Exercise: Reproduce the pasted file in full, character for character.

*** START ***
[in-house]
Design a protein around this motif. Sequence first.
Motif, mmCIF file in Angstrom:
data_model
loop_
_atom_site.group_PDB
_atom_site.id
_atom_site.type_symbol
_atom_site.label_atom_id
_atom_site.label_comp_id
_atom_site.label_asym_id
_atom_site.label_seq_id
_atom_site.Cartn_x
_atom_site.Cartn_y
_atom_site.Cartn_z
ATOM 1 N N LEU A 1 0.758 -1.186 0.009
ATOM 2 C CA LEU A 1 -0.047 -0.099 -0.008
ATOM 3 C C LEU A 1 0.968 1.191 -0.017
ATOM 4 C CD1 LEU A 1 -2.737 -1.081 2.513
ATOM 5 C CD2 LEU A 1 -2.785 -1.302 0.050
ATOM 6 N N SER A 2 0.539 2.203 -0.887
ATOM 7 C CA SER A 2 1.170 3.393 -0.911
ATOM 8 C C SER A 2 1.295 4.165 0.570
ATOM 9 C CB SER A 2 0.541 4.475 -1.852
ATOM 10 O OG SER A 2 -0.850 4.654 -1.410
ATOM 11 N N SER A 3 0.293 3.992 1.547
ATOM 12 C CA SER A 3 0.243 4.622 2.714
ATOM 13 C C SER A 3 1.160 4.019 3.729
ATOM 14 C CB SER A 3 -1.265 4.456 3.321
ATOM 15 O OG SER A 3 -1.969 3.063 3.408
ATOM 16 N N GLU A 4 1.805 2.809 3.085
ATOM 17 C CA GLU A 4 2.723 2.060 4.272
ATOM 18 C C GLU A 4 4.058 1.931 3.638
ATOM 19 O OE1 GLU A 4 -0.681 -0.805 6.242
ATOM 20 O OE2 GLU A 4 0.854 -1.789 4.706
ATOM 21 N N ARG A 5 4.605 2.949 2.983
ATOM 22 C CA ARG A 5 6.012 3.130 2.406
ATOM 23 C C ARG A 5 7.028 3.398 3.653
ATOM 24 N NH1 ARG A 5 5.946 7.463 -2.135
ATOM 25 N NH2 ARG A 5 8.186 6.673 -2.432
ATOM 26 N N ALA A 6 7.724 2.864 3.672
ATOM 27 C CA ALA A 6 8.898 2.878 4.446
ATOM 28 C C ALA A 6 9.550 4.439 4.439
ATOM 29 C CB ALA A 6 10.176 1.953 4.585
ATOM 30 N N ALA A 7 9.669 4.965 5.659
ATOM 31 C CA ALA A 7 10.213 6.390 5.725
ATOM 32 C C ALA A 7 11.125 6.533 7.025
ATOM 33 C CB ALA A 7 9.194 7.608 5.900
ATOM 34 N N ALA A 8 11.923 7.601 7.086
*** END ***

[in-house]
Design a protein around this motif. Sequence first.
Motif, mmCIF file in Angstrom:
data_model
loop_
_atom_site.group_PDB
_atom_site.id
_atom_site.type_symbol
_atom_site.label_atom_id
_atom_site.label_comp_id
_atom_site.label_asym_id
_atom_site.label_seq_id
_atom_site.Cartn_x
_atom_site.Cartn_y
_atom_site.Cartn_z
ATOM 1 N N LEU A 1 0.758 -1.186 0.009
ATOM 2 C CA LEU A 1 -0.047 -0.099 -0.008
ATOM 3 C C LEU A 1 0.968 1.191 -0.017
ATOM 4 C CD1 LEU A 1 -2.737 -1.081 2.513
ATOM 5 C CD2 LEU A 1 -2.785 -1.302 0.050
ATOM 6 N N SER A 2 0.539 2.203 -0.887
ATOM 7 C CA SER A 2 1.170 3.393 -0.911
ATOM 8 C C SER A 2 1.295 4.165 0.570
ATOM 9 C CB SER A 2 0.541 4.475 -1.852
ATOM 10 O OG SER A 2 -0.850 4.654 -1.410
ATOM 11 N N SER A 3 0.293 3.992 1.547
ATOM 12 C CA SER A 3 0.243 4.622 2.714
ATOM 13 C C SER A 3 1.160 4.019 3.729
ATOM 14 C CB SER A 3 -1.265 4.456 3.321
ATOM 15 O OG SER A 3 -1.969 3.063 3.408
ATOM 16 N N GLU A 4 1.805 2.809 3.085
ATOM 17 C CA GLU A 4 2.723 2.060 4.272
ATOM 18 C C GLU A 4 4.058 1.931 3.638
ATOM 19 O OE1 GLU A 4 -0.681 -0.805 6.242
ATOM 20 O OE2 GLU A 4 0.854 -1.789 4.706
ATOM 21 N N ARG A 5 4.605 2.949 2.983
ATOM 22 C CA ARG A 5 6.012 3.130 2.406
ATOM 23 C C ARG A 5 7.028 3.398 3.653
ATOM 24 N NH1 ARG A 5 5.946 7.463 -2.135
ATOM 25 N NH2 ARG A 5 8.186 6.673 -2.432
ATOM 26 N N ALA A 6 7.724 2.864 3.672
ATOM 27 C CA ALA A 6 8.898 2.878 4.446
ATOM 28 C C ALA A 6 9.550 4.439 4.439
ATOM 29 C CB ALA A 6 10.176 1.953 4.585
ATOM 30 N N ALA A 7 9.669 4.965 5.659
ATOM 31 C CA ALA A 7 10.213 6.390 5.725
ATOM 32 C C ALA A 7 11.125 6.533 7.025
ATOM 33 C CB ALA A 7 9.194 7.608 5.900
ATOM 34 N N ALA A 8 11.923 7.601 7.086